Sidi Larbi Cherkaoui’s “Milonga”

Review of Sidi Larbi Cherkaoui's Milonga

Why is it so hard to tell a new story about tango – or even a real story?

It’s just not all about drama with your lover.

Tango is about race, class, and gender.

These stories too, are full of conflict and reconciliation – the choreographic strategy which seems to define tango. But they are much richer stories than stage tango bothers to tell.

Tango is…Slavery, migration, multiculturalism…Poverty, the creation of a middle-class…Heterocentrism, authoritarian masculinity, disposable women, and the resilience of gender roles…Conflicts between generations, reverence for elders, and the pain of being foregone for younger women…Nation-building, patrimony, history…The creation of a transnational culture and culture in diaspora…Creativity in community – very similar to hip hop. …Surviving terror and trauma, silence and healing and loneliness…Hierarchy, opportunity, glamour, exoticization and exploitation….Improvisation, courage, and self-creation.

So many stories to tell, but none of them  start with one man and one woman. There are always the women not chosen. And the ghosts.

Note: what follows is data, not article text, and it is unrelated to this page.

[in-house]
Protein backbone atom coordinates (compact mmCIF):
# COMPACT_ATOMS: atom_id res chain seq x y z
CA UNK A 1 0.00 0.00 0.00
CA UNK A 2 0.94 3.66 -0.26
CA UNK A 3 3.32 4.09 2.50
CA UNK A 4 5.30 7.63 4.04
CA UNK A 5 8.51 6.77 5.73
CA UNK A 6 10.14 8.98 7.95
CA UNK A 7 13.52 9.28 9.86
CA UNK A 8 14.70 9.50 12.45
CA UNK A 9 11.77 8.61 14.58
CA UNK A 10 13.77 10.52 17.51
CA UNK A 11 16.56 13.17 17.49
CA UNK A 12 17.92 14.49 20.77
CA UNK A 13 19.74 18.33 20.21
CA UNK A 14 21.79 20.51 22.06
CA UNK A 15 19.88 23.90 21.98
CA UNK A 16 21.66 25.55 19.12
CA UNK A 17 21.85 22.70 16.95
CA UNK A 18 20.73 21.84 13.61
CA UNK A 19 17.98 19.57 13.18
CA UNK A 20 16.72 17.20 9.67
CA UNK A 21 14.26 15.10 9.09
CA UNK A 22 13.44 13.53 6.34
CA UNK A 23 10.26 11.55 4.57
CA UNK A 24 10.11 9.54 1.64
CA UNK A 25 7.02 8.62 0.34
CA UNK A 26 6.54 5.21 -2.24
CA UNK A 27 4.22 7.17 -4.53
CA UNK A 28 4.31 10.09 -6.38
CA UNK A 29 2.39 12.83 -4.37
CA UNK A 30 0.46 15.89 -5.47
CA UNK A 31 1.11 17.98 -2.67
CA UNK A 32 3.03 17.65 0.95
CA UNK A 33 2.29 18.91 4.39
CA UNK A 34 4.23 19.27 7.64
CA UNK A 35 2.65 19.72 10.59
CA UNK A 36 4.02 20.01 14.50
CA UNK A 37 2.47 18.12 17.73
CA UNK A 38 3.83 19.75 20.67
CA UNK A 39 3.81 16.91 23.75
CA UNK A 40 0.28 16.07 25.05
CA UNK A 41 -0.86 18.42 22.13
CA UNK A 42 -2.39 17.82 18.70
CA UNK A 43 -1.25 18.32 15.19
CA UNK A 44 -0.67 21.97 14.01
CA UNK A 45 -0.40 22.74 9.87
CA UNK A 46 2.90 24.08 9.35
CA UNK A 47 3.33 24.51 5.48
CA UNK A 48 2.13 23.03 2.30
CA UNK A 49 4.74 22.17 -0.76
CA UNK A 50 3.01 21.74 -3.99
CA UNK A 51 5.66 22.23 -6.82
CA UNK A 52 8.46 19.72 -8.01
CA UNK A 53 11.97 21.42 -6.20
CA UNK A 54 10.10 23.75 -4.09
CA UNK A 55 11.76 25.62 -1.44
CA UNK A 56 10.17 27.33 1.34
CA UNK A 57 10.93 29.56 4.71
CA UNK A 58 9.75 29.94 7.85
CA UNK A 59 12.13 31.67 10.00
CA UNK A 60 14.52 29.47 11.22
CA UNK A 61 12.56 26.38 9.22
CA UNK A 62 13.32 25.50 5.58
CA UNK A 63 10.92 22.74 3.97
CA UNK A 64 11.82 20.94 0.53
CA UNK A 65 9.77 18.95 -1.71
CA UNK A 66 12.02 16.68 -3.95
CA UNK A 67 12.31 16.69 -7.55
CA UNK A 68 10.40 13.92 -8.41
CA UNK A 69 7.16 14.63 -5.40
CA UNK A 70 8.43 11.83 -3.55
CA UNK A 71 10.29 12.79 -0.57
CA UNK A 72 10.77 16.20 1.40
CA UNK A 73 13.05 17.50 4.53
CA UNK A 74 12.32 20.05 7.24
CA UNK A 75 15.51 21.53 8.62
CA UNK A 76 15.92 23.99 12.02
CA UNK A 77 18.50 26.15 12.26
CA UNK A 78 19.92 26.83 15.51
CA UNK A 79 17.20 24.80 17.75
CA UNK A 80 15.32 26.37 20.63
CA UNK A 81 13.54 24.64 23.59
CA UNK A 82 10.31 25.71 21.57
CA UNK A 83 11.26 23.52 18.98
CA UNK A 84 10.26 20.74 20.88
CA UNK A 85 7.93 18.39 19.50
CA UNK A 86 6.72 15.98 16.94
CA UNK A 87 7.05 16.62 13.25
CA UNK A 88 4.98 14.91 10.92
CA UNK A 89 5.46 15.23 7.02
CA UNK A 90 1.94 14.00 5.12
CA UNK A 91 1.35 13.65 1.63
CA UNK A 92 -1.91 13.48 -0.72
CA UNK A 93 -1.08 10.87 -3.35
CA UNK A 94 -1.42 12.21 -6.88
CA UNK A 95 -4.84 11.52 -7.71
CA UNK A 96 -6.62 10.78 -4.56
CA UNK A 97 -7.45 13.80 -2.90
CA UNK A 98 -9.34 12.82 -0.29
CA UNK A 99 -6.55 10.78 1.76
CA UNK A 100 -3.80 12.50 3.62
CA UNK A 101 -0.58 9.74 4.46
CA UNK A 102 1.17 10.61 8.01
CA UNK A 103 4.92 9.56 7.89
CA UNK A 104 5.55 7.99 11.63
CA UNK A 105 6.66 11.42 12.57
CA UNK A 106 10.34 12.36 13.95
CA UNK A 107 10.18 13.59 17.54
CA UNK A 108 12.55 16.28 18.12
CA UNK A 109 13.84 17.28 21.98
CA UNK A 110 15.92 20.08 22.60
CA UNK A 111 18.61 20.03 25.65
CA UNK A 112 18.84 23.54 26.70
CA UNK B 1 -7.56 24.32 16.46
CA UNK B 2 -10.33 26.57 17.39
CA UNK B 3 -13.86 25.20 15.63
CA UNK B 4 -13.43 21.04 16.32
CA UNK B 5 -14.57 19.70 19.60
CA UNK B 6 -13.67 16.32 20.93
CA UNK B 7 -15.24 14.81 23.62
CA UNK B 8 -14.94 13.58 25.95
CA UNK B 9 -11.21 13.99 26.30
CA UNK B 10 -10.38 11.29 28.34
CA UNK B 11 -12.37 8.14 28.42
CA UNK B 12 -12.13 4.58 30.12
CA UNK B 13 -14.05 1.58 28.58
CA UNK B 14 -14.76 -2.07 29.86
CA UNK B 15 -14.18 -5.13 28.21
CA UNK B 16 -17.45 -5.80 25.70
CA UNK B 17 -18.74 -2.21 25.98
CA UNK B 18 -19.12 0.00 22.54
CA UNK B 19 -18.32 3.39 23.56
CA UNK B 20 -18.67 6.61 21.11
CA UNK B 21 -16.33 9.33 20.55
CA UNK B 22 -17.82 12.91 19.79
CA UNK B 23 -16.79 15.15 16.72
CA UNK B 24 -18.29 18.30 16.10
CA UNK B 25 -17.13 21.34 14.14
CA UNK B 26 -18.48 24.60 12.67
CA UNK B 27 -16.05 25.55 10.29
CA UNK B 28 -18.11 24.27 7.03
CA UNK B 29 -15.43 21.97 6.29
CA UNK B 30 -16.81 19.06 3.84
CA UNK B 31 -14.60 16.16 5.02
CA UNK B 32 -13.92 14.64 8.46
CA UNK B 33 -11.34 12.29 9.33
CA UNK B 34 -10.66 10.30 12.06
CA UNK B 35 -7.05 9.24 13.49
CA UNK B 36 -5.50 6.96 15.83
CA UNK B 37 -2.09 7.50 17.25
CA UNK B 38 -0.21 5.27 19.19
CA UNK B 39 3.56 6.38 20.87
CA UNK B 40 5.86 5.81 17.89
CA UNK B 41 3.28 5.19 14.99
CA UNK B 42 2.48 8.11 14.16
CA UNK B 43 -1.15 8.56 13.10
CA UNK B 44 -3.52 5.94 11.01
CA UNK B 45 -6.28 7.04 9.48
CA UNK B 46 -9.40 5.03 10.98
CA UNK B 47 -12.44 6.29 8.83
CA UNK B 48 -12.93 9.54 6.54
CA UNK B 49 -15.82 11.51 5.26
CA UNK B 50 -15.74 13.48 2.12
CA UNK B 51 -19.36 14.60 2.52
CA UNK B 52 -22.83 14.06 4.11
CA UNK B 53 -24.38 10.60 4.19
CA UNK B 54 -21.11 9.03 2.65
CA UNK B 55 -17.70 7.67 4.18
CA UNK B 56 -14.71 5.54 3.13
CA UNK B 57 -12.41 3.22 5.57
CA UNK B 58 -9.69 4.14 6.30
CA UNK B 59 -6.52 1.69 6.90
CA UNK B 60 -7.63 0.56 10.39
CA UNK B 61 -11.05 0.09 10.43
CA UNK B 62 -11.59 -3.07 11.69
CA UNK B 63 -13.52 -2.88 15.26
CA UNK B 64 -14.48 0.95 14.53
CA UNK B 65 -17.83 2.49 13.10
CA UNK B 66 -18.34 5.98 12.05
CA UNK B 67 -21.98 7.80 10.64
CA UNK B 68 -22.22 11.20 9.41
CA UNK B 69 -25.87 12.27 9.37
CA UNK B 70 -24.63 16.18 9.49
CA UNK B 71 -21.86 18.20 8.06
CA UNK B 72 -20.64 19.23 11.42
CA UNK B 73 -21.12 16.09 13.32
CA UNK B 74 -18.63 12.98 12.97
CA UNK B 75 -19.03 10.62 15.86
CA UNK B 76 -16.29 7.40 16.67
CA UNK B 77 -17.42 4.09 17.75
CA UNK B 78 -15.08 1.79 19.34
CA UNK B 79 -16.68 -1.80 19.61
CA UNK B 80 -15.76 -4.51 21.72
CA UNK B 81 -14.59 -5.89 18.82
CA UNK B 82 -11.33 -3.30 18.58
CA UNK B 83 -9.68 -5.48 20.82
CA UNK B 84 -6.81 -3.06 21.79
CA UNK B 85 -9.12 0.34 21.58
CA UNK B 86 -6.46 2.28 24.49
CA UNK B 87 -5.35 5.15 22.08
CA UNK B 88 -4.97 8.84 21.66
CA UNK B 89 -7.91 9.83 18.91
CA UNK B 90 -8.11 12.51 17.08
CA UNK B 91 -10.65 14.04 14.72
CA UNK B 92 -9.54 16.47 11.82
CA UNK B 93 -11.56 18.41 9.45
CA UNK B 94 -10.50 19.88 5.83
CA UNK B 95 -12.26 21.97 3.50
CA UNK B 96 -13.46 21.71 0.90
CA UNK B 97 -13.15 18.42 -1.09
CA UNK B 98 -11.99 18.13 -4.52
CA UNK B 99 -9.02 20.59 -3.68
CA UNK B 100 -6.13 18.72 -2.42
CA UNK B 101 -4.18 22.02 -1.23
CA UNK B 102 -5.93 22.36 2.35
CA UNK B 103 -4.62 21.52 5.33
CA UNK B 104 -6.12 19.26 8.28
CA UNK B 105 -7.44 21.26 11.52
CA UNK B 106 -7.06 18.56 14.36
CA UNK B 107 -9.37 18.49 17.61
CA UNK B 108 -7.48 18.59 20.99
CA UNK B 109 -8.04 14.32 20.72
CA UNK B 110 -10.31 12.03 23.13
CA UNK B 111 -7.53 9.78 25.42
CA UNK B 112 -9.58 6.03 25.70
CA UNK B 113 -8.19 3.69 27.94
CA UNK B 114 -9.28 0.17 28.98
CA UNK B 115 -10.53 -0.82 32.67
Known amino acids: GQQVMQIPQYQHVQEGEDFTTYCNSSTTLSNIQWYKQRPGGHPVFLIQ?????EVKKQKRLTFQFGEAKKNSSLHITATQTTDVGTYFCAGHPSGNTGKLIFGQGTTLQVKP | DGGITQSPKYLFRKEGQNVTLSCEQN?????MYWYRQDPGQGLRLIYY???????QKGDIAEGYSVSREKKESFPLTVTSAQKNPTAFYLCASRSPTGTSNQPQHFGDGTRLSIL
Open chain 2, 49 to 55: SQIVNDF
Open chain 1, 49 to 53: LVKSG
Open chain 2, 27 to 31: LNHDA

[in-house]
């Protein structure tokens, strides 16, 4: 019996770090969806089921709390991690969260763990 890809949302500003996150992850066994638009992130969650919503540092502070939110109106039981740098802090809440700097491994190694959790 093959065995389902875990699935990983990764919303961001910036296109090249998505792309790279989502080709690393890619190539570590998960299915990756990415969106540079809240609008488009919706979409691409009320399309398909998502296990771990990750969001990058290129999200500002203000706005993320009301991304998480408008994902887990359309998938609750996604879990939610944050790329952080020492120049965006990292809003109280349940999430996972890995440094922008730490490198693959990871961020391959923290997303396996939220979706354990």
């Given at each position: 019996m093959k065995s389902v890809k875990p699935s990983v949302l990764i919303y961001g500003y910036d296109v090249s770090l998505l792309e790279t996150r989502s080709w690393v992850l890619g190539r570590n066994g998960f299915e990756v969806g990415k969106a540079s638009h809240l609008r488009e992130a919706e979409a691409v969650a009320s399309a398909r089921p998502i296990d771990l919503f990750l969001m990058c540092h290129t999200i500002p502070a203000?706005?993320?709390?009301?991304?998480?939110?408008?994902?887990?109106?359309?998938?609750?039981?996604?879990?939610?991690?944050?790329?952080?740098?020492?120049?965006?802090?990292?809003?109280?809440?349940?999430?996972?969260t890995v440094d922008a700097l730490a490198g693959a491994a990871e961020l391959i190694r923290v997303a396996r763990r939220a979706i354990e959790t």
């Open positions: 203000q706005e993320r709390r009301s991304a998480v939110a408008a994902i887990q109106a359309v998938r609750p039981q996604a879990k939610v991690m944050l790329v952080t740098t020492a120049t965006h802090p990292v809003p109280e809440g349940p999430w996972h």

I am sad that Cherkaoui, following from the brilliant Babel which explored multiculturalism with breadth and humor, with dancers of mixed ages and abilities, and without relying on acrobatic dance, has given us only another litany of melodramas, threesomes, chairs, and spectacle.

I liked a lot of the choreography (especially the first dance in soltada, the triets, the allegorical air tango, and the top-notch stage number with  Soledad Andrea Fernandez*). I liked the concept of mixing tango and contemporary dancers (with mixed results). But I yearned for an outsider to make some meaning that tango’s insiders seem incapable or unwilling to do.

The one superlative artistic moment had nothing to do with tango.  A man, a white flag, and a projection of the Argentinean flag danced on and past one another. This was a profound and moving representation of the historical and ongoing struggle of the Argentinean people for and with and and against their nation, state, and government. Unfortunately, I couldn’t find a photo of this number.



*The advertising does not list the cast and even what I think is Cherkaoui’s own company website doesn’t clearly identify the dancers. So I had to guess based on photos. If you know who this was, please let me know.



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